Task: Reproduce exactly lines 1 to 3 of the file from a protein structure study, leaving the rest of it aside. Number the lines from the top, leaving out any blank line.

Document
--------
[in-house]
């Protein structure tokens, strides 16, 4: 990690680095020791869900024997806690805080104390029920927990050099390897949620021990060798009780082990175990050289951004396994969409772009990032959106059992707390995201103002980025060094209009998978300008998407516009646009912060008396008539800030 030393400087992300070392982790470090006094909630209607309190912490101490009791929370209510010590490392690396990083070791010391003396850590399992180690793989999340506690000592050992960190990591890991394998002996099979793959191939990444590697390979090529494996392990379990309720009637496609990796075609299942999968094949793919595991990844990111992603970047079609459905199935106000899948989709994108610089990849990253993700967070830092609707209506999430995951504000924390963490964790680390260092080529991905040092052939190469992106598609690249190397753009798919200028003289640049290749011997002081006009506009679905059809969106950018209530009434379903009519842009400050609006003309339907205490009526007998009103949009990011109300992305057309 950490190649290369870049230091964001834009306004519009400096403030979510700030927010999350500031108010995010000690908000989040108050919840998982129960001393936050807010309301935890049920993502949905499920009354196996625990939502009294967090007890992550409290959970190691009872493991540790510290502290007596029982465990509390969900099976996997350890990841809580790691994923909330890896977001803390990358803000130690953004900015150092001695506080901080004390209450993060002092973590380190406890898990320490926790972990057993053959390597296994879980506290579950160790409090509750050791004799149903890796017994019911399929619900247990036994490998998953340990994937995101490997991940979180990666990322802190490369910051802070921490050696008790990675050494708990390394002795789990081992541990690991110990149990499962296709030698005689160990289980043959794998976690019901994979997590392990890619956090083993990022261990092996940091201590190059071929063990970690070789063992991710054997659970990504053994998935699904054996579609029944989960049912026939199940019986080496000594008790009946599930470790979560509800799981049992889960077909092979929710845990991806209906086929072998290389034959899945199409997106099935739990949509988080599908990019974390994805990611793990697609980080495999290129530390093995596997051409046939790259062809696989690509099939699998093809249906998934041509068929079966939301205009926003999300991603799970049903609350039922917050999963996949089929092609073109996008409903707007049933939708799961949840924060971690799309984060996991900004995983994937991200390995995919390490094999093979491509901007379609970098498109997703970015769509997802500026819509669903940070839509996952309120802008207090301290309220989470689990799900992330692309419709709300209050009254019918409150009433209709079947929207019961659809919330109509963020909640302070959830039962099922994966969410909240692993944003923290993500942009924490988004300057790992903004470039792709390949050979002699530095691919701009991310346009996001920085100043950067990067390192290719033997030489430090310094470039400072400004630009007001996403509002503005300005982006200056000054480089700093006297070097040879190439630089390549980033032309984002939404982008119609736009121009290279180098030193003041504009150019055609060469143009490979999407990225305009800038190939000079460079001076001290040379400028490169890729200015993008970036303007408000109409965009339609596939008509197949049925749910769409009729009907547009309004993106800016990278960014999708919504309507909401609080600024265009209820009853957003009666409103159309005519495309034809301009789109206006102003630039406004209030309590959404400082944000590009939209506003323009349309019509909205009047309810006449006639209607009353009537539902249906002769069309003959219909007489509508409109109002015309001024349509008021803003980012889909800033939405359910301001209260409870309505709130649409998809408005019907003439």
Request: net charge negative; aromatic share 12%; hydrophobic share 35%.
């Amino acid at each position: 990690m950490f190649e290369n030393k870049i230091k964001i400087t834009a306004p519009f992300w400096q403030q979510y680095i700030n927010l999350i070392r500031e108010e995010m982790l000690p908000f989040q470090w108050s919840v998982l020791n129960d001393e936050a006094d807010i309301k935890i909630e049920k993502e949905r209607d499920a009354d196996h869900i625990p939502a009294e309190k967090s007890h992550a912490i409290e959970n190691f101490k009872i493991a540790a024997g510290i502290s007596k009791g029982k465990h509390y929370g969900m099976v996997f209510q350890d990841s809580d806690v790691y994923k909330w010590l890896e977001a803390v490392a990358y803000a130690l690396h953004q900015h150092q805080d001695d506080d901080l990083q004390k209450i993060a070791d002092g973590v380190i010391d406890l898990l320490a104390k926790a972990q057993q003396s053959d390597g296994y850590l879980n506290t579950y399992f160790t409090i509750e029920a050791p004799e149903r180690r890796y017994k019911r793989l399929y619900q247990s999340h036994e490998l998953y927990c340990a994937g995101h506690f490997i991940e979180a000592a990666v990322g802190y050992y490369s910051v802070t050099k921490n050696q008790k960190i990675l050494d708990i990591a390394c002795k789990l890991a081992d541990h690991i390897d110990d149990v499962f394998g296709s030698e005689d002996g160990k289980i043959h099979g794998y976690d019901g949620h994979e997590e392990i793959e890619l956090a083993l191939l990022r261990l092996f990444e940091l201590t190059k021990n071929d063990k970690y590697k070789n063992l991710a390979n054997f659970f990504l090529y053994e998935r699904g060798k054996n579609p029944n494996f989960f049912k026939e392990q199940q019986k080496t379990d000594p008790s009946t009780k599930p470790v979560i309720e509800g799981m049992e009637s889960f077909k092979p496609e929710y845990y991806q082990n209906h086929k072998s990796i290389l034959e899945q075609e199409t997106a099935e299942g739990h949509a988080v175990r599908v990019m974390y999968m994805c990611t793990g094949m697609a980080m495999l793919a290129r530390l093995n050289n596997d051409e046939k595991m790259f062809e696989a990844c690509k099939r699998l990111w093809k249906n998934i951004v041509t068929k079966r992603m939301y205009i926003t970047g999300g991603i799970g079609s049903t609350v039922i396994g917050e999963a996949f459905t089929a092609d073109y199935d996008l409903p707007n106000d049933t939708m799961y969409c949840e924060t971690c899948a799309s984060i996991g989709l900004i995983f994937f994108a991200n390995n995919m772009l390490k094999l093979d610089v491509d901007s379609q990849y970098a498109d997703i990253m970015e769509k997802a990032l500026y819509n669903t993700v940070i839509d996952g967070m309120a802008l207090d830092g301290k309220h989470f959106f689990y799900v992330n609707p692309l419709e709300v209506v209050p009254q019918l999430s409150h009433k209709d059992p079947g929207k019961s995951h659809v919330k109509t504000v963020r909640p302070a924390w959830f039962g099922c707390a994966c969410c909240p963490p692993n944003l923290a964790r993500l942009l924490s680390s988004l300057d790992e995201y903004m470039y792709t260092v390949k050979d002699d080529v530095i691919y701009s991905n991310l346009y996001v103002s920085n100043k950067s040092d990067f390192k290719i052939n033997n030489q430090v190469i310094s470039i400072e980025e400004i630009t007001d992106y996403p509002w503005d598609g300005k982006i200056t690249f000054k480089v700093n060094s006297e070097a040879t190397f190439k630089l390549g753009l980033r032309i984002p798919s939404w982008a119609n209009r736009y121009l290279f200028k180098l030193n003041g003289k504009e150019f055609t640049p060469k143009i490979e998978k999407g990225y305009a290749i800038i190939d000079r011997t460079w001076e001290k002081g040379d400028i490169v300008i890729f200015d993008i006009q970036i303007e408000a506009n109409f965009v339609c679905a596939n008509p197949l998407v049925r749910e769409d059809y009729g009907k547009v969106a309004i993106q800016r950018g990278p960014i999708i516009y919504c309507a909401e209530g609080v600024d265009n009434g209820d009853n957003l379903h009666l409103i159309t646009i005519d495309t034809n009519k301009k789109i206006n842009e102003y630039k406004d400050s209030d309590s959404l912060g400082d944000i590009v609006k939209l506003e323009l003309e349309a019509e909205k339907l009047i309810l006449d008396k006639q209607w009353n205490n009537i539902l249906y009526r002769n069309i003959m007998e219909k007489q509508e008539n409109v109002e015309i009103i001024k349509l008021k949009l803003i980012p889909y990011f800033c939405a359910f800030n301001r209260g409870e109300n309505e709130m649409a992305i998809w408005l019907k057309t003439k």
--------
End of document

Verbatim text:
[in-house]
């Protein structure tokens, strides 16, 4: 990690680095020791869900024997806690805080104390029920927990050099390897949620021990060798009780082990175990050289951004396994969409772009990032959106059992707390995201103002980025060094209009998978300008998407516009646009912060008396008539800030 030393400087992300070392982790470090006094909630209607309190912490101490009791929370209510010590490392690396990083070791010391003396850590399992180690793989999340506690000592050992960190990591890991394998002996099979793959191939990444590697390979090529494996392990379990309720009637496609990796075609299942999968094949793919595991990844990111992603970047079609459905199935106000899948989709994108610089990849990253993700967070830092609707209506999430995951504000924390963490964790680390260092080529991905040092052939190469992106598609690249190397753009798919200028003289640049290749011997002081006009506009679905059809969106950018209530009434379903009519842009400050609006003309339907205490009526007998009103949009990011109300992305057309 950490190649290369870049230091964001834009306004519009400096403030979510700030927010999350500031108010995010000690908000989040108050919840998982129960001393936050807010309301935890049920993502949905499920009354196996625990939502009294967090007890992550409290959970190691009872493991540790510290502290007596029982465990509390969900099976996997350890990841809580790691994923909330890896977001803390990358803000130690953004900015150092001695506080901080004390209450993060002092973590380190406890898990320490926790972990057993053959390597296994879980506290579950160790409090509750050791004799149903890796017994019911399929619900247990036994490998998953340990994937995101490997991940979180990666990322802190490369910051802070921490050696008790990675050494708990390394002795789990081992541990690991110990149990499962296709030698005689160990289980043959794998976690019901994979997590392990890619956090083993990022261990092996940091201590190059071929063990970690070789063992991710054997659970990504053994998935699904054996579609029944989960049912026939199940019986080496000594008790009946599930470790979560509800799981049992889960077909092979929710845990991806209906086929072998290389034959899945199409997106099935739990949509988080599908990019974390994805990611793990697609980080495999290129530390093995596997051409046939790259062809696989690509099939699998093809249906998934041509068929079966939301205009926003999300991603799970049903609350039922917050999963996949089929092609073109996008409903707007049933939708799961949840924060971690799309984060996991900004995983994937991200390995995919390490094999093979491509901007379609970098498109997703970015769509997802500026819509669903940070839509996952309120802008207090301290309220989470689990799900992330692309419709709300209050009254019918409150009433209709079947929207019961659809919330109509963020909640302070959830039962099922994966969410909240692993944003923290993500942009924490988004300057790992903004470039792709390949050979002699530095691919701009991310346009996001920085100043950067990067390192290719033997030489430090310094470039400072400004630009007001996403509002503005300005982006200056000054480089700093006297070097040879190439630089390549980033032309984002939404982008119609736009121009290279180098030193003041504009150019055609060469143009490979999407990225305009800038190939000079460079001076001290040379400028490169890729200015993008970036303007408000109409965009339609596939008509197949049925749910769409009729009907547009309004993106800016990278960014999708919504309507909401609080600024265009209820009853957003009666409103159309005519495309034809301009789109206006102003630039406004209030309590959404400082944000590009939209506003323009349309019509909205009047309810006449006639209607009353009537539902249906002769069309003959219909007489509508409109109002015309001024349509008021803003980012889909800033939405359910301001209260409870309505709130649409998809408005019907003439």
Request: net charge negative; aromatic share 12%; hydrophobic share 35%.